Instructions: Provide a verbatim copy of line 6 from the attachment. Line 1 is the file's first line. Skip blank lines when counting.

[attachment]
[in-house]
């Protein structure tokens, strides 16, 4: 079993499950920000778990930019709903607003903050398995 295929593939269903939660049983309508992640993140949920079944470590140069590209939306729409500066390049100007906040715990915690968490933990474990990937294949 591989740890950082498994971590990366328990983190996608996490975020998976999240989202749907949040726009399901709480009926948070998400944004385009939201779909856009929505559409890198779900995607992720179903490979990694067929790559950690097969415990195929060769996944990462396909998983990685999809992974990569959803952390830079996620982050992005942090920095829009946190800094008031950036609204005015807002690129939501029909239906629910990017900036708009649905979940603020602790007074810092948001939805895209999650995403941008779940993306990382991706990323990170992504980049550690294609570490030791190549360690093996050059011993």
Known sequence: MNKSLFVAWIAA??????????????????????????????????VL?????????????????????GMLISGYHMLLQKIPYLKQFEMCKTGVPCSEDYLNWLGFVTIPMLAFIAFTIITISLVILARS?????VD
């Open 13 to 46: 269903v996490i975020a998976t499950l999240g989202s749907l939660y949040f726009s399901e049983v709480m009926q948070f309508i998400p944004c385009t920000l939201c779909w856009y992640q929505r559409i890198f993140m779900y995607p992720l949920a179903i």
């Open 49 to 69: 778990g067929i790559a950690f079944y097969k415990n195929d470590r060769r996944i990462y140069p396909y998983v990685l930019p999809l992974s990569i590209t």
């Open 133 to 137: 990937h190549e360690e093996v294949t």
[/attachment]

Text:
């Open 133 to 137: 990937h190549e360690e093996v294949t």